Irish Surnames S – W

A list of Irish surnames beginning with S, T and W, from Scanlon to Ward


In Irish: O Scannláin, MacScannlain

Found in: Cork, Kerry, Limerick.

Origin: Gaelic

Scanlon. Connacht,


In Irish: O Scolaidhe

Found in: Tipperary, Leinster

Origin: Gaelic

Means “crier”, as in one who makes announcements.


Variant: Sheahan, Shannon

In Irish: O Shiacháin

Found in: Cork, Limerick, widespread

Origin: Gaelic

Means “peace”.


In Irish: Ó Sirideáin

Found in: Cavan

Origin: Gaelic


Variant: Tiernan.

In Irish: O Tighearnaigh

Found in: Donegal, Mayo, Tipperary.

Origin: Gaelic

Means “lordly”.


In Irish: Tóibín,

Found in: Clare, Cork, Limercik

Origin: Norman

From “de St. Aubyn”.


Variant: Tracy

In Irish: O Treasigh

Found in: Cork, Galway, Laois.

Origin: Gaelic

Means “fighter”.


In Irish: Mac Confhiaclaigh or de Tiúit

Found in: Meath, Westmeath, Louth Longford.

Origin: Gaelic, Norman

Both Gaelic and Normal families. The Irish family were here before the arrival of Richard de Tuit, a member of Strongbow’s army.


Variant: Flood

In Irish: O Taicligh, Mac an Tuile

Found in: Cavan, Longford, Westmeath.

Origin: Gaelic

Tuile means “flood”.


Variant: Toomey

In Irish: O Tuama

Found in: Clare, Cork, Kerry, Limerick

Origin: Gaelic


Variants: de Valle, du Val

Found in: Carlow, Cork, Kilkenny, Limerick, Waterford

Origin: Norman


Variant: Walshe, Welsh.

In Irish: Breathnach

Found in: Dublin, Kilkenny, Leix, Waterford, Wicklow. Widespread.

Origin: Gaelic

Means “Welshman”; many Welshmen came to Ireland as part of the armies of Norman invaders.


In Irish: Mac an Bháird

Found in: Galway, Mayo, Ulster.

Origin: Gaelic

Means “son of the bard (poet)”.

Published: August 6, 2008 | Updated: March 31, 2017 | Image Credits

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  • Steve says:

    No O’Neills ?

  • Geoffrey Tobin says:

    Before migrating to Ireland in the 1100s, the Tobins held the manor of Place Barton in Ashton, Devon, a property that is on the British Heritage register and is now popular for weddings.
    I’ve read differing statements about which location named “Saint Aubyn” the Tobins got their name from.  Saint Aubyn was an early Breton saint who was so popular that he has towns named after him across Brittany, Normandy, and as far east as Poland.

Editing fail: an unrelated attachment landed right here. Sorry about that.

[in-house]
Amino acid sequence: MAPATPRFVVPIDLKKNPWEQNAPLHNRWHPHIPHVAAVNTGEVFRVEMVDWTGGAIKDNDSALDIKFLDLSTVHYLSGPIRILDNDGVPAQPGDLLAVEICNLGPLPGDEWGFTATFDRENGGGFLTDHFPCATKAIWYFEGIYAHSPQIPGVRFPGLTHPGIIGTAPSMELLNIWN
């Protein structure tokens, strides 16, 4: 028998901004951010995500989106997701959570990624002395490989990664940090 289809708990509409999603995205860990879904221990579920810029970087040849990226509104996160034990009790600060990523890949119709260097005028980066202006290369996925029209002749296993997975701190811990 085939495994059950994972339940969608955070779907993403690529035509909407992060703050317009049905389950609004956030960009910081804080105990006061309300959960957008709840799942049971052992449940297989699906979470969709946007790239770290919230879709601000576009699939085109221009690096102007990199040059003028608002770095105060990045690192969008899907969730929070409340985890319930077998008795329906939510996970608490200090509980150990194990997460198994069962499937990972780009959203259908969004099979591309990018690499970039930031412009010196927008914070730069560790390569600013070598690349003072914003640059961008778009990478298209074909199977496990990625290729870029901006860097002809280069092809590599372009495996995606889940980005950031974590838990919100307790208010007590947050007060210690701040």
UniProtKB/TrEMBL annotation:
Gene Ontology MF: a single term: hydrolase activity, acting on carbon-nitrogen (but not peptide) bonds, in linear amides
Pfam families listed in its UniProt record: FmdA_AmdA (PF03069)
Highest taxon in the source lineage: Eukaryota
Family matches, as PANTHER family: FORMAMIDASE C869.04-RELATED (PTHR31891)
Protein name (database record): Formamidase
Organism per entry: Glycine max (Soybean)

In any case, the bulk of the population of Normandy and adjacent regions such as Anjou and Main had much common descent with the Bretons.  Even the Dukes of Normandy from the third generation were of majority Breton descent, so that William I’s first guardian was Duke Alan III of Brittany, and William’s half-brother Bishop Odo of Bayeux (that being in traditional Breton territory) insisted on being on the left (Breton) wing during the Battle of Hastings.

  • matthew tierney says:

    is desmond an irish surname it was my wife surname and she comes from cavan,my family are from donegal and cork,i would like to know as her family go back yrs and have all been irish.Thanks.

  • SEAN says:

    Williams – Very numerous: all areas. MacLysaght describes it as Welsh, but it is common all over Britain. A Norman first name, adopted from Teutonic Willihelm “resolve-helmet”. It has produced many variants. See Mac Williams. Ir. Mac Liam.


    MacWilliams – numerous: Ulster generally, Dublin etc. – Irish Mac Uilliam (Liam).
    The first name William, Teutonic Willhelm, meaning “will-helmet”, was common amongst the Normans.

  • James Malone says:

    Looking at your section on the Malone surname, you state the surnames Malone and Maloney are the same variants.According to MacLysaght/Grenham,Malone-O Maoileoin derives from Devotee of St John and Maloney-O Maol Dhomnaigh derives from descendant of the servent of the church. Malone and Maloney are from different septs/clans.

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